3. In some states, law requires children of poor elderly people to
contribute to their support. Do you think English would argue
for or against this? D o you support legislation of this kind?

4. Can we criticize English for advocating a “minimalist ethic” ac-
cording to which no duties of self-sacrifice or altruism apply
outside one’s small circle of friends-all people, even family
members, are moral strangers unless one voluntarily “contracts”
an obligation?

5. How might Enghsh account for the m o d duty many people
feel to take care of not only their awn elderly parents, but needy
elderly people in general?

Traditional Jewish Family Values


TraditionalJewish Family Values

Jewish family. The traditinnalfamily&m~1chmo~$-
r n e m b u v

instituaon. This results in-greater intimacy and a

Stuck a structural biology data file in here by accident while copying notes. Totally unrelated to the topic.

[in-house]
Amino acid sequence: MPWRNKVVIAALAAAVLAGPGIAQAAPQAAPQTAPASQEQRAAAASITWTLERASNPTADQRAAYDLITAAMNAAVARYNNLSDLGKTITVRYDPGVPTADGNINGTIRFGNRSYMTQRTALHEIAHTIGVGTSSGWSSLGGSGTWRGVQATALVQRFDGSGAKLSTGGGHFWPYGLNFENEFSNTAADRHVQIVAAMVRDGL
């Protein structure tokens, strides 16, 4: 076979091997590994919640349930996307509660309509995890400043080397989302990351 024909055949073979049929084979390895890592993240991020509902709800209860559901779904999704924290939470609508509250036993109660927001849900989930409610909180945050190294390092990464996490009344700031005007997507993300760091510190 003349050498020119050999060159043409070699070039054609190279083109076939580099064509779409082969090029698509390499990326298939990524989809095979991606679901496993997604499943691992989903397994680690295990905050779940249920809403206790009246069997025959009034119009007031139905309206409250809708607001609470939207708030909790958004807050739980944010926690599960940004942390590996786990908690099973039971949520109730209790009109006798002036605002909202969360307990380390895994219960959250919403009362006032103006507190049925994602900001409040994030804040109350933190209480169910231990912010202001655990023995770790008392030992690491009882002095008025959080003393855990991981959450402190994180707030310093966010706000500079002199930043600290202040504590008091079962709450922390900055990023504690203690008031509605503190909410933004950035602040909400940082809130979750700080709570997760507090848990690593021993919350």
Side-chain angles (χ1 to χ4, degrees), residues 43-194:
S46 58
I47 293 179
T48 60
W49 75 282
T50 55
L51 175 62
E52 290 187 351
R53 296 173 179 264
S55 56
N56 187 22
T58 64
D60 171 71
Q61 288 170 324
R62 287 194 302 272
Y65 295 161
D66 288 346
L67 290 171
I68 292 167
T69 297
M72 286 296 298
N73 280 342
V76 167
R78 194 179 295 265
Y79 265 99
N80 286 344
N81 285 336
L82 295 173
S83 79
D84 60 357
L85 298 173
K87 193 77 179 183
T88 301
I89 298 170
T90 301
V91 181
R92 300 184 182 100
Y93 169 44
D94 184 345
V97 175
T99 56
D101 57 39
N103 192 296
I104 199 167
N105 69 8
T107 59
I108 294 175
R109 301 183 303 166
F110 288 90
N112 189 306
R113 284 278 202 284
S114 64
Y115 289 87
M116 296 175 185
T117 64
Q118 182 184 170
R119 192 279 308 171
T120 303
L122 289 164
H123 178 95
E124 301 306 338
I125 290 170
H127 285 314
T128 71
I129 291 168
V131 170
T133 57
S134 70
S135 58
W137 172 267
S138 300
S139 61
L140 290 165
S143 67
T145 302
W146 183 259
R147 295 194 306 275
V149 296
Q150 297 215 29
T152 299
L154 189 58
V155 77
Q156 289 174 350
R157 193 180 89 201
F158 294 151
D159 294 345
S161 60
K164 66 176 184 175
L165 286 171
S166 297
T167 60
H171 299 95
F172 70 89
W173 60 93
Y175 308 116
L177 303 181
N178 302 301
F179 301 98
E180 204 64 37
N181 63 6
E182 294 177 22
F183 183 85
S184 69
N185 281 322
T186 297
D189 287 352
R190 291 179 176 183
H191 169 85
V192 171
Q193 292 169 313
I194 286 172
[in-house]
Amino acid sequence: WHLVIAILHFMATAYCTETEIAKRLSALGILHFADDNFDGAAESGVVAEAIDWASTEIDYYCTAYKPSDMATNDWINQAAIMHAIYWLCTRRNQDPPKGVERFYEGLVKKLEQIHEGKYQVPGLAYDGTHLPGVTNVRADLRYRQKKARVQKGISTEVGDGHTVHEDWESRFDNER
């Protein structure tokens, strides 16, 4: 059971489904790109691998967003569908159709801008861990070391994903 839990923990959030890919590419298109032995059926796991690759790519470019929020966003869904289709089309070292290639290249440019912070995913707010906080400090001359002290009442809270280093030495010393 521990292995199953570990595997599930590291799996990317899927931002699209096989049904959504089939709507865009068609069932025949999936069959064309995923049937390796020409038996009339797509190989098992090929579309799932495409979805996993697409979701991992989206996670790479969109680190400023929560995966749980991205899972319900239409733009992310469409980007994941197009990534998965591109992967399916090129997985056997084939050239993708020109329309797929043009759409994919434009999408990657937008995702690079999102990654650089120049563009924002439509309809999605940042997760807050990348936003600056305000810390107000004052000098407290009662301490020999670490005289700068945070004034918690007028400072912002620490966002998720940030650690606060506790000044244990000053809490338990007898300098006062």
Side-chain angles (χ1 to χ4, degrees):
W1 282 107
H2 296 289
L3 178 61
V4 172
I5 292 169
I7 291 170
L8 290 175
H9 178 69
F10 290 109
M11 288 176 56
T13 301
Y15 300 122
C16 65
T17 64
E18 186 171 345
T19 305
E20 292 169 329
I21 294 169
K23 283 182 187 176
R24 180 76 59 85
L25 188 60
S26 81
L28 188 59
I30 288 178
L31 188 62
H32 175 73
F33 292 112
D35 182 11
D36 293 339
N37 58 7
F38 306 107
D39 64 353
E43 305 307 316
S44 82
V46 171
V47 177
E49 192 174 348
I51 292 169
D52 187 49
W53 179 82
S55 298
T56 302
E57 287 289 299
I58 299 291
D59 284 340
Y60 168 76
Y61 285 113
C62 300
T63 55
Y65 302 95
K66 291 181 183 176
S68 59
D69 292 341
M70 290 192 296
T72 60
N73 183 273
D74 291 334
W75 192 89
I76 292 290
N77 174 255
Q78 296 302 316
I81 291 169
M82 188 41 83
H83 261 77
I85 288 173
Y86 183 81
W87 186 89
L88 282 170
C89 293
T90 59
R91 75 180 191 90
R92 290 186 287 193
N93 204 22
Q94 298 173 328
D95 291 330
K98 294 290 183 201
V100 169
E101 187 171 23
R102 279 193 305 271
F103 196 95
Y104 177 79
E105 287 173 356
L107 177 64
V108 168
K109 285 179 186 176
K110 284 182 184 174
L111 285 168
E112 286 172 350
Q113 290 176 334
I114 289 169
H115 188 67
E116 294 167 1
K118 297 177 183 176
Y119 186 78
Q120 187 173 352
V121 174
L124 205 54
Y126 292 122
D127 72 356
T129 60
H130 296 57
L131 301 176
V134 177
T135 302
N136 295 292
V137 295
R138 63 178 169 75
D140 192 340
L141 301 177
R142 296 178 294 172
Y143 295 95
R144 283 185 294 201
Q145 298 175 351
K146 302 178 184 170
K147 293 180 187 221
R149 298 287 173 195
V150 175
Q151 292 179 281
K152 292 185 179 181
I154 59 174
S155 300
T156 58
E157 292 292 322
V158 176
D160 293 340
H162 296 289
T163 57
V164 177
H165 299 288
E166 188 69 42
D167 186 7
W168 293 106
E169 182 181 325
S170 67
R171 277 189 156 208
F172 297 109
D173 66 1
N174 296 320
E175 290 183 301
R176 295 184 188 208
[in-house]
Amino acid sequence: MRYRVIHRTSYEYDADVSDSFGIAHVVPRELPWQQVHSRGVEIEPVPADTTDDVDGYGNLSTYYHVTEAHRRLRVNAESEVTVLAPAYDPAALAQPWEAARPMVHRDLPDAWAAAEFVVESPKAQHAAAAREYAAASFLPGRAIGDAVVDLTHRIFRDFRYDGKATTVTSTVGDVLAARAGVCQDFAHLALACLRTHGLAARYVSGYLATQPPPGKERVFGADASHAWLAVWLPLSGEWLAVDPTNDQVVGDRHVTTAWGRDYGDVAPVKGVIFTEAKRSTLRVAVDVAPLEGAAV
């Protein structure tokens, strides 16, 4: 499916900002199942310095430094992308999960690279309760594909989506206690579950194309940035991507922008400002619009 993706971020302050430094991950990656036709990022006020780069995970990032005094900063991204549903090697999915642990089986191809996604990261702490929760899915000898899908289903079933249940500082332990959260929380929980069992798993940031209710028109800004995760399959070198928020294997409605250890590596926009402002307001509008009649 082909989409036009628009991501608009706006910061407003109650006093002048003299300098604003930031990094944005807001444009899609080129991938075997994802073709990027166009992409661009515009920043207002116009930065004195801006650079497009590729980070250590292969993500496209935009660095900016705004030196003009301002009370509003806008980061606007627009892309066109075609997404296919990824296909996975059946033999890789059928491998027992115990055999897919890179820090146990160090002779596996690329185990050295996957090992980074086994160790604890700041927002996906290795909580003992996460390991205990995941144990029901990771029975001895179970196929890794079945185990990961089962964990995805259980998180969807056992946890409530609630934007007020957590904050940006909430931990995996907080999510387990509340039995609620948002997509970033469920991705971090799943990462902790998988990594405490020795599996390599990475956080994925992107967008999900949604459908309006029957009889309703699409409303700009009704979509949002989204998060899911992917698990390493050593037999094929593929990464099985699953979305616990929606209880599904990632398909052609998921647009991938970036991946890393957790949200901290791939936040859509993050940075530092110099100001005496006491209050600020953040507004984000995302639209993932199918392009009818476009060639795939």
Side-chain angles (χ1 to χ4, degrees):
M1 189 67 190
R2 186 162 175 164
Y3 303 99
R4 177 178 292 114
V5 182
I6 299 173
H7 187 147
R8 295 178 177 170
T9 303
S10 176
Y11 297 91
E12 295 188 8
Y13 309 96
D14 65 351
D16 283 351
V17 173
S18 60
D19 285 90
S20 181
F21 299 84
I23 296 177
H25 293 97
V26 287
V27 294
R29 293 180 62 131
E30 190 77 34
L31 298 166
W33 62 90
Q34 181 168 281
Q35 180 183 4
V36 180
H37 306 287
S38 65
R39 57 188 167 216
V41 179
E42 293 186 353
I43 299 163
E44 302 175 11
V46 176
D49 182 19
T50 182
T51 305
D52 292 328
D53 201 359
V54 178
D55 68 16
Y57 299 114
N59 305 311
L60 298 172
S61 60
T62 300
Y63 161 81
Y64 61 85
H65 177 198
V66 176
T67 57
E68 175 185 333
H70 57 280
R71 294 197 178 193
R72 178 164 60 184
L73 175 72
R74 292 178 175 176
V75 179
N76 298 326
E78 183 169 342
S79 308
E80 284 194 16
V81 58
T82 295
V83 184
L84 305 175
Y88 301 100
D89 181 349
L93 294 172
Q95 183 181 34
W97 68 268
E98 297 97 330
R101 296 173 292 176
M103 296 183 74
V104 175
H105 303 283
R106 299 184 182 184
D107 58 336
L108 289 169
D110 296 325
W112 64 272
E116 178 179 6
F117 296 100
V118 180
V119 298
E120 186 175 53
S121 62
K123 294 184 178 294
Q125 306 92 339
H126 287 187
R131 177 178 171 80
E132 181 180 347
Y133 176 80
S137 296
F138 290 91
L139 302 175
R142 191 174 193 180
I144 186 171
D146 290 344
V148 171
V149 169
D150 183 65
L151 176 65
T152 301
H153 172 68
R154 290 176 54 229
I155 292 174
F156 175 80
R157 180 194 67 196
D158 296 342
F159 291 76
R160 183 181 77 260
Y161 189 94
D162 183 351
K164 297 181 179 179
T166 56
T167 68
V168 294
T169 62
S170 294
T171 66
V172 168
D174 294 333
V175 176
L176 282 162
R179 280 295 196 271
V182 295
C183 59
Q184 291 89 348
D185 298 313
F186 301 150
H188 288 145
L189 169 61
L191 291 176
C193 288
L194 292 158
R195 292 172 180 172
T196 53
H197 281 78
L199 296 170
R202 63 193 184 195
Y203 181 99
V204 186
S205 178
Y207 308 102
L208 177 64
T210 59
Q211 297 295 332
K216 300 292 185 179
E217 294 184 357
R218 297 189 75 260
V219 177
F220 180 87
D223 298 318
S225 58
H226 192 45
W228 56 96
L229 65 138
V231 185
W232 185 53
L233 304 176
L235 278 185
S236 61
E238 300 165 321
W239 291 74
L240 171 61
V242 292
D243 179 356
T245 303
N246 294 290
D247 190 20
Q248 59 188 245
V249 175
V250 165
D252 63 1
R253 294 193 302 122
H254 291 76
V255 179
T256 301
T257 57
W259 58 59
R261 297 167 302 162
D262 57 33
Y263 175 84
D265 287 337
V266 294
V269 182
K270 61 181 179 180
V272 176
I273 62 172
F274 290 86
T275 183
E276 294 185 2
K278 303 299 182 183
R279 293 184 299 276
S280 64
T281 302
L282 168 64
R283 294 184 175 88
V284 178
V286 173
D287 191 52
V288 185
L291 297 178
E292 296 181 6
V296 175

strong sense ofmutual ~ b l e , for example, to the el-
derly who are esteemed as authoritative. Members ofthe
traditional f a d y practicGreat deal ofrestraint and for-
bearance. enlphasiring duty, rather than rig$. F i n d s
the family sees itself as part of a more general community
of Jewish families that is, in turn, part of a continuous
tradition and history. The traditional family is religious
and committed to carrying on a Jewish tradition. This,
says L a m , gives it further cohesiveness.

Lamrn argues for the importance of the ” b e e r i t
au&o*” that parents exercise, an authorit, all the more
effective beca~~se the higher authority of God qualifies it.
According to Larnm, a f a a t h a t hcb a central author- #
ity cannot be cohesive. The children of such farmlies tend . —